“They looked after us as a family, not just Erin” – Mum shares Neonatal experience and the help received from Archie.
With the shell of NHS Grampian Baird Family Hospital now clearly visible, we’re continuing to share parents’ experience of Aberdeen’s Neonatal Unit and the support The Archie Foundation provides for the Unit, its staff and the families who find themselves there.
We‘re committed to raising £2 million to deliver the difference at the new Baird Family Hospital. Our funding will pay for additional equipment above and beyond what the NHS provides, enhancing outdoor and indoor spaces as well as adding homely touches, to ensure the state-of-the-art hospital is a world class facility for maternity, and neonatal services.
Neonatal parent Melissa tells us Erin Rose Smith’s story.
“Due to having reduced foetal movements and my baby having tachycardia, I was transferred from Dr Gray’s Hospital in Elgin to Aberdeen Maternity Hospital for further monitoring. I was convinced I would just be monitored for a night and sent home.
It was absolutely terrifying when they said I had to go to theatre recovery to be monitored. My husband Chris had to wait in the car park due to Covid because I wasn’t in labour, but thankfully later provisions were made and he was allowed in to see me.
Our midwife, Jamie Crossan, was absolutely brilliant. We were all laughing and joking, to try and take my mind off the potential C-section. Over the next few hours my baby was monitored. Her heart rate continued too high and then started dipping drastically. Jamie came and talked to us about Erin being transferred to the neonatal unit and then we were taken to theatre. In a blur, I was whisked through for an emergency C-section.
Erin was born at 33+5 weeks, weighing 4lbs 15oz at 11.24pm on 11 of July 2020. Being a nurse, I expected a small team to be there, as she would probably be a bit shocked after her delivery, but when more and more people kept arriving, I was terrified. They stabilised her and wheeled her past me so I got a quick glance and touched her wee hand and she was off to the unit. Chris followed and I returned to recovery not knowing what was going on.
After what felt like a lifetime, Chris came back to talk to me. The unit had phoned through the news that she was critical and may not last the night. We were all in pieces.
As soon as I could weight-bear I was taken down to the unit in a wheelchair. The next day Erin had scans to assess what was going on. It was decided to call in the surgeons and at 17.5 hours old our little Erin went in to theatre. They had explained that she may need a stoma and may need to have bowel resection or it may be that there was nothing he could do for her. Thankfully, Erin came back from theatre after having 25-30cms of bowel resected and went from strength-to-strength after that. She was off the ventilator and breathing by herself just four hours after the operation.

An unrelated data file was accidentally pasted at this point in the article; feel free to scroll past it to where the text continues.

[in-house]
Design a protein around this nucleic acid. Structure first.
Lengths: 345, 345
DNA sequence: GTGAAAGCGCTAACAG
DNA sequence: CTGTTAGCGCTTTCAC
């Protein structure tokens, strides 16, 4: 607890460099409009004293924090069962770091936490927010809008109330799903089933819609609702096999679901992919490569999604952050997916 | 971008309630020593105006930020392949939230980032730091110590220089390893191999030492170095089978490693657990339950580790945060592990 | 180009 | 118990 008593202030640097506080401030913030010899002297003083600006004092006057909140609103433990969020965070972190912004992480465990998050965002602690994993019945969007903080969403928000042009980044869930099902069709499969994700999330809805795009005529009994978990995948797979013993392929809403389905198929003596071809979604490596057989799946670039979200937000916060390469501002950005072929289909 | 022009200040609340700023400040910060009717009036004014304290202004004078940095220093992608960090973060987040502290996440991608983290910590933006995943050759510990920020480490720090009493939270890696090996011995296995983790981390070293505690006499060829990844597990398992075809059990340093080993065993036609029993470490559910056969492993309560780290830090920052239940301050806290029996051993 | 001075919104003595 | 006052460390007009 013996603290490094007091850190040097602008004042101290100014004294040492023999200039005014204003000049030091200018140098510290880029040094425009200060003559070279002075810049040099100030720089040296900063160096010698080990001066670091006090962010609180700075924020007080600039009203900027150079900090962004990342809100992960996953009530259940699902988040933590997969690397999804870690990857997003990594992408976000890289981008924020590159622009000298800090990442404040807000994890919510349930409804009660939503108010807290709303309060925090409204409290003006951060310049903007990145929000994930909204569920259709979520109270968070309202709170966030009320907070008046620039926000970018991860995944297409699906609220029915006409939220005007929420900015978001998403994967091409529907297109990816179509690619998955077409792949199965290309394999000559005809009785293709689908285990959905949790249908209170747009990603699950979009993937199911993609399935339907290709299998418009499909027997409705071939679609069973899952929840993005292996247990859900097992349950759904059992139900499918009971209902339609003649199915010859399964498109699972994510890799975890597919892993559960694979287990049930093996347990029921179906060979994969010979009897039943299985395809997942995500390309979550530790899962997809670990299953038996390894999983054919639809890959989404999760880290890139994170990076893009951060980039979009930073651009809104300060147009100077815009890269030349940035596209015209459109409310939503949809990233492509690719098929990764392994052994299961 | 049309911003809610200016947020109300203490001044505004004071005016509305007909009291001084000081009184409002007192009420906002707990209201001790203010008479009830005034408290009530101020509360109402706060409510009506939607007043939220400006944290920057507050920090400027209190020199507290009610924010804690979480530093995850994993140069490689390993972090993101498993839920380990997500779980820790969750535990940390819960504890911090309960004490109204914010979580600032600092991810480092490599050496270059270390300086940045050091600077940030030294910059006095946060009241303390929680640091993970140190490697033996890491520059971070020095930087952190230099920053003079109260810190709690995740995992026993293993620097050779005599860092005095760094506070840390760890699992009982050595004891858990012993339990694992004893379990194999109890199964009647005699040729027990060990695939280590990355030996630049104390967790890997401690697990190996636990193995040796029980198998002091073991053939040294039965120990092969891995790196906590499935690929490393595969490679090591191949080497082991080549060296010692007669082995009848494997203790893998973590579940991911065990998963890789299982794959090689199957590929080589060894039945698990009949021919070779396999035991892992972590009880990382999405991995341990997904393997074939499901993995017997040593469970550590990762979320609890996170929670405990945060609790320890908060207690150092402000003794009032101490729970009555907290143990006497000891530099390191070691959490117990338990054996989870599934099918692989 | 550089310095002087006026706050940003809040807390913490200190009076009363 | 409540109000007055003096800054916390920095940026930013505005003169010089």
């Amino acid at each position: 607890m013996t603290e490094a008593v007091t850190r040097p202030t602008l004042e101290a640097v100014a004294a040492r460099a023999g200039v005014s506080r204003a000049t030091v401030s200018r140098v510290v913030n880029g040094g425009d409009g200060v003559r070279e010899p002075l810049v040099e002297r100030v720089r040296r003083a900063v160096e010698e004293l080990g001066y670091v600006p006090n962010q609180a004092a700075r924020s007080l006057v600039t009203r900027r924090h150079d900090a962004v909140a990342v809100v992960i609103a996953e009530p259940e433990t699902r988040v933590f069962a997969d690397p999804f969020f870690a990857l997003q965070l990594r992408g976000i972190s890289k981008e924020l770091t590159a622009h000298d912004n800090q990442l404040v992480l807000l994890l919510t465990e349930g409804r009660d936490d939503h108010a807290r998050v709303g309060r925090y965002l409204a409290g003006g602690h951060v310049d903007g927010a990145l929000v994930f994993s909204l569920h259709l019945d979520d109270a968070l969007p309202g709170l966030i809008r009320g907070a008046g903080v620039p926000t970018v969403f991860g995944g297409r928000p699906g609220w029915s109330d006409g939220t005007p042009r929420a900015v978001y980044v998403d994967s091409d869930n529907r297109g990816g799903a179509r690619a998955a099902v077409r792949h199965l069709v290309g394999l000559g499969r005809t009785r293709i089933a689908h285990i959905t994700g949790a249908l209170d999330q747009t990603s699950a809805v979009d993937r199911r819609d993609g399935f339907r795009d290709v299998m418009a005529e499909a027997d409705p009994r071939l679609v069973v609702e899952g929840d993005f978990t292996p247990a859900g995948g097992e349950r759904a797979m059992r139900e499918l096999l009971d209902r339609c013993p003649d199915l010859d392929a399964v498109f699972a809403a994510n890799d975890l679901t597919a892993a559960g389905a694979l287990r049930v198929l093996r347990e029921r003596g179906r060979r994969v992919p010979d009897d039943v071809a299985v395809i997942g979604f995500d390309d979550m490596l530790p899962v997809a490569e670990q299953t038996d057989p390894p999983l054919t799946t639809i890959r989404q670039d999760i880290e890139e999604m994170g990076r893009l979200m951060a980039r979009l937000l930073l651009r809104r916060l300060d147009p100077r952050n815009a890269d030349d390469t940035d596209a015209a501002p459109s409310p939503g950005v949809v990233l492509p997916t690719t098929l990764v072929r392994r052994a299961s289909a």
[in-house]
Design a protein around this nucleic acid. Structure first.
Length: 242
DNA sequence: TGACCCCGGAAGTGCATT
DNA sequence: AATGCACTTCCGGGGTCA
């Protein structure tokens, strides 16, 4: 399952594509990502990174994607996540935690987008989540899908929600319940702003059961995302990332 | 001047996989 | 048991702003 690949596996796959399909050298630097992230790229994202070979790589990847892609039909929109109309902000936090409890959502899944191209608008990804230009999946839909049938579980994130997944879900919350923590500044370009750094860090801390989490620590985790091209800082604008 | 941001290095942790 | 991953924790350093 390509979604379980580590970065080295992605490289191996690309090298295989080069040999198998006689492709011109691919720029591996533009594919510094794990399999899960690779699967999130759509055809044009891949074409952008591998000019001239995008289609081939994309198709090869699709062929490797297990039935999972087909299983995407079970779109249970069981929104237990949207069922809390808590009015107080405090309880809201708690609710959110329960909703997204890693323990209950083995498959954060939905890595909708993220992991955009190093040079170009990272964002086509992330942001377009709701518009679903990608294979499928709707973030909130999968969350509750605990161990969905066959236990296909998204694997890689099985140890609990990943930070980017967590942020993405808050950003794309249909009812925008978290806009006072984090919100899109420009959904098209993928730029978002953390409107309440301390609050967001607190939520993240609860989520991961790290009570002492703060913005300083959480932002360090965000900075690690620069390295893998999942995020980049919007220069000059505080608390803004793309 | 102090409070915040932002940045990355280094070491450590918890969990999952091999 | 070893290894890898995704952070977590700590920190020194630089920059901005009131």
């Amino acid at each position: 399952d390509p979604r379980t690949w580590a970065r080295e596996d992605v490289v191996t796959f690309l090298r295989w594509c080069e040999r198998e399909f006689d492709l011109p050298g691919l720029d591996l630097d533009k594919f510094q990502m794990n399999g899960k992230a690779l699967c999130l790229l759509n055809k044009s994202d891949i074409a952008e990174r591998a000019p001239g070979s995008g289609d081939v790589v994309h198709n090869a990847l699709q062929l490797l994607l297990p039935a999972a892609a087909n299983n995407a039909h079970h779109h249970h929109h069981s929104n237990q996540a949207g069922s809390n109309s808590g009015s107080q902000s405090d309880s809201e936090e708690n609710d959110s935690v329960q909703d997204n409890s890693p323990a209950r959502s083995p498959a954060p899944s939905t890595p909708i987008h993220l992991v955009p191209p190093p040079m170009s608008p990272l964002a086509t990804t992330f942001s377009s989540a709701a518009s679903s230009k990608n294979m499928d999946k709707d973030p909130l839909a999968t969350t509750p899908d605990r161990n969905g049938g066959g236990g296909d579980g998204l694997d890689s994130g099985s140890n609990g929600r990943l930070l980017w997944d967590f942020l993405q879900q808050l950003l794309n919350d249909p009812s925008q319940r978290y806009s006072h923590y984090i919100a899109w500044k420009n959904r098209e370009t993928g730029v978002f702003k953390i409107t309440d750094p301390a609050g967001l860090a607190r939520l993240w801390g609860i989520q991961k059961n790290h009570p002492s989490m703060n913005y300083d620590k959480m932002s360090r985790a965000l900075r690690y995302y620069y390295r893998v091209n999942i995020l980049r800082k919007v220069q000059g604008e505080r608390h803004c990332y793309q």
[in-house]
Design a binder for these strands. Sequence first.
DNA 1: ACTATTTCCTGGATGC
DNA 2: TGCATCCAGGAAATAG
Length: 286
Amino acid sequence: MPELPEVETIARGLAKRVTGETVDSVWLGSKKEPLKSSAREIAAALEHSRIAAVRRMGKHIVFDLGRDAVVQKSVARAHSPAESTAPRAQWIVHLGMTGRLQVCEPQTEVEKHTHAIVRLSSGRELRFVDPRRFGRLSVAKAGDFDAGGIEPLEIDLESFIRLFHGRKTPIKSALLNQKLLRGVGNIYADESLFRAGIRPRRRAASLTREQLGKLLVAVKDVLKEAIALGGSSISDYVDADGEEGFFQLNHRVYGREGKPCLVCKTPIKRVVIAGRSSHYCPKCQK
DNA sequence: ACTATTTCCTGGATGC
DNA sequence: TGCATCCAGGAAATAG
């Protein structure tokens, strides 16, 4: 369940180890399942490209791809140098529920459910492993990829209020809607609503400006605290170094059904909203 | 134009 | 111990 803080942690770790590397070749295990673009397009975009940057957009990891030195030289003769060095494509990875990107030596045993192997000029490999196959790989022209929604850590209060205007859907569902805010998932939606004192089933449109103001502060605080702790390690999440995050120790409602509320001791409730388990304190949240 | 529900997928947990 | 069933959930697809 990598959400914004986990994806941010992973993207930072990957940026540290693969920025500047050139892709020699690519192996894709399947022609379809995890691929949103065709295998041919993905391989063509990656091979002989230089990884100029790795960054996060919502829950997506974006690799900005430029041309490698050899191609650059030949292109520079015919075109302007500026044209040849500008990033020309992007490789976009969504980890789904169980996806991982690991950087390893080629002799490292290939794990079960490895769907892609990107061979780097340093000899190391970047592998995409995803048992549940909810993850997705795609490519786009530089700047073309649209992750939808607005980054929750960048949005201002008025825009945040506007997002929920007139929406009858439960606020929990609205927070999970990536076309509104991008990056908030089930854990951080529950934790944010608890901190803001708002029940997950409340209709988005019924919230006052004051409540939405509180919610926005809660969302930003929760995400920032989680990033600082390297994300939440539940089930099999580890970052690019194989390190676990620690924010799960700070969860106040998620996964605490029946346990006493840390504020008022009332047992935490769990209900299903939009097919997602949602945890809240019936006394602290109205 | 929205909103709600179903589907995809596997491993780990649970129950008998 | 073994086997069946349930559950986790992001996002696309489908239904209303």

We were on the unit in Aberdeen for a total of three weeks. The staff moved heaven and earth to get us transferred back to Dr Gray’s so we could be closer to our two young boys while feeding was established.
I didn’t really know much about the neonatal until I found myself there.
V-Create, which is funded by The Archie Foundation, was great and it was so lovely when staff sent us updates. Having access to the breast pumps were also fantastic and the welcome pack was hugely beneficial as I’d not even packed my hospital bag.
Erin’s first photo was also funded by Archie. It was great and staff printed out a couple to take back to the ward which I greatly appreciated, since I couldn’t be with her 24/7. The Giraffe Incubator – of which Archie has funded 11 – was amazing as we could see and touch Erin easily, as she was too unwell to hold for first three days.
One funny moment was when Erin didn’t open her bowels for a week. As myself and Chris are from a nursing background one of the nurses took a picture and sent it to us through the V-Create software that was funded by Archie, with the caption “I finally pooped!!!”! We understood that her feeds couldn’t be increased until her bowels moved, so it was a massive relief so that she would gain more weight. During the ward round they asked about her bowels/volume/colour. I quipped “yes- and I have a photo!” which gave us all a good laugh.
No-one can appreciate the highs and lows of the unit – the not knowing, the frustration, the emotional rollercoaster – until you have been through it. The expressing room wasn’t just the “expressing room” it’s where we talked and bonded over our wee precious babies, celebrated, and listened to each other and supported each other. As one of the mums told me on a bad day “none of us expected our babies to be here and it’s okay to be laughing one minute and crying the next”.
All the staff on the unit are absolute angels. Chris Driver no doubt saved Erin’s life – a gent of a man! Kareen. who ensured that I saw Erin after the c-section by wheeling her past to allow me to see her, always asked for our other boys at home and fought to get us back to Dr Gray’s. Eilidh, who looked after Erin the first night. Louise, for helping us have our first hold. Morag, Aileen and Jessica were all brilliant nurses. They looked after us as a family, not just Erin.
To find out more about The Baird Family Hospital and Archie’s involvement, please go to – Baird Family Hospital Appeal – Archie